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Frostburg Doctoral Candidates Paving a Smoother Road From High School to College

Four candidates from Frostburg State University’s inaugural Doctor of Education cohort in Hagerstown recently published an important paper in “Colleges & University Journal,” a publication of the American Association of Collegiate Registrars and Admissions Officers.

“Paving the Road for Student Success: Building a Case for Integrated Strategic Planning” aims to ease the difficult transition today’s high school students will face when enrolling in a college or university. The thesis is straightforward: To best smooth students’ transitions, K-12 and higher-education administrators must work together in joint strategic planning sessions.

“In order for pre-K–16 strategic planning to be successful, communication must take place before, during and after the process,” the candidates write. “It cannot take place only when specified objectives or goals need to be reached. Administrators representing both groups must understand their colleagues’ goals and objectives and ensure that they stay connected for the benefit of the students.”

Over half of students entering two-year colleges and about 20 percent of students entering four-year universities require remedial courses. For these students, a semester or more may be spent learning lessons that could have been learned in high school. Both sectors must collaborate to ensure high school graduates are prepared for college coursework.

The candidates point to existing initiatives that address this need, but they find issues with the way those are structured. Such programs typically exist in isolation. They serve a narrow audience, within a single institution or program, and they are frequently created in response to state mandates or only when grant funding is available.

If college and high school administrators collaborate during the strategic planning process, the candidates argue, high school courses will help students avoid the added time and costs of remedial coursework. The candidates also argue for the creation of “transition centers,” which would provide information, diagnostic testing and topic-specific support workshops to prepare students for the college experience.

They also recommended the creation of a unified student information system that administrators can use to track students before they enter and after they leave an institution. Better information management will help identify new and unnoticed obstacles on the road to college.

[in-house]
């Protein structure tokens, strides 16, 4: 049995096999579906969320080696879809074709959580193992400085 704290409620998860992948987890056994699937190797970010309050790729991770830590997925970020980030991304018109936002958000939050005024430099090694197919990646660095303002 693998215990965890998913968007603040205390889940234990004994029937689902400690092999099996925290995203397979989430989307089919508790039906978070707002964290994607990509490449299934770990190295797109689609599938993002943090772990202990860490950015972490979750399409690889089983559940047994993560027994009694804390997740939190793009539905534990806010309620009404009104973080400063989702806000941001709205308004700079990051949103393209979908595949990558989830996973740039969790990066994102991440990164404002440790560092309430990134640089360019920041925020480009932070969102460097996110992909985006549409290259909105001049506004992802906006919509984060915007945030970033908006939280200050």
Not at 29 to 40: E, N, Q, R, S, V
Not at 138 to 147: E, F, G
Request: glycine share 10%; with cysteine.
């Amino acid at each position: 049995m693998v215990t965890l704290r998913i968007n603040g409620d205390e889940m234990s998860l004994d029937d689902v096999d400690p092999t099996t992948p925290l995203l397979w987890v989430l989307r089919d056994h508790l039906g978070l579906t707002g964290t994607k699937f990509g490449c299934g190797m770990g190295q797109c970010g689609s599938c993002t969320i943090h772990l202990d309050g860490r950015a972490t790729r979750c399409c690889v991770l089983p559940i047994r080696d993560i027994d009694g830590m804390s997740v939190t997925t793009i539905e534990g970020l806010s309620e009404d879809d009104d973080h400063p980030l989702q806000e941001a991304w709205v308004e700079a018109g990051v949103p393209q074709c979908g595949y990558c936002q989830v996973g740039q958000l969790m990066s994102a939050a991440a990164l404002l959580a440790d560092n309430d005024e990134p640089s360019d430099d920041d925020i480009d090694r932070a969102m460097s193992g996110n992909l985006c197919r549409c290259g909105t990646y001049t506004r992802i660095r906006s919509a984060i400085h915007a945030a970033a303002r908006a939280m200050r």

The four candidates brought a wealth of personal experience in education from both sectors to bear on the issue. Jarrett Kealey is assistant director in the Office of Undergraduate Education at UMBC. Renee Peterson has worked as a full-time high school English teacher for the past two decades. Angela Thompson is the senior business analyst of the Office of the Registrar at UMUC. Kristin Waters is the associate director of operations for Undergraduate Admissions at UMBC.

“The first Hagerstown cohort of the Frostburg Educational Doctorate program is an exceptional group of educators,” said Dr. Glenn Thompson, FSU’s Ed.D. program coordinator. “Many are destined to hold high-level leadership positions in both institutions of higher education and public education. Several of the members of the cohort have a significant number of publications, and Frostburg is proud they have chosen our program for their terminal degree.”

For information about enrolling in FSU’s Ed.D. program, offered at the Frostburg and Hagerstown locations, visit or call the Office of Graduate Services at 301-687-7053.

Situated in the mountains of Allegany County, Frostburg State University is one of the 12 institutions of the University System of Maryland. FSU is a comprehensive, residential regional university and serves as an educational and cultural center for Western Maryland. For more information, visit or Follow FSU on Twitter @frostburgstate.


For further information on this release, contact:

Office of News and Media Services
Frostburg State University
101 Braddock Road
Frostburg, MD  21532-2303

Telephone: 301-687-3171
Fax: 301-687-7589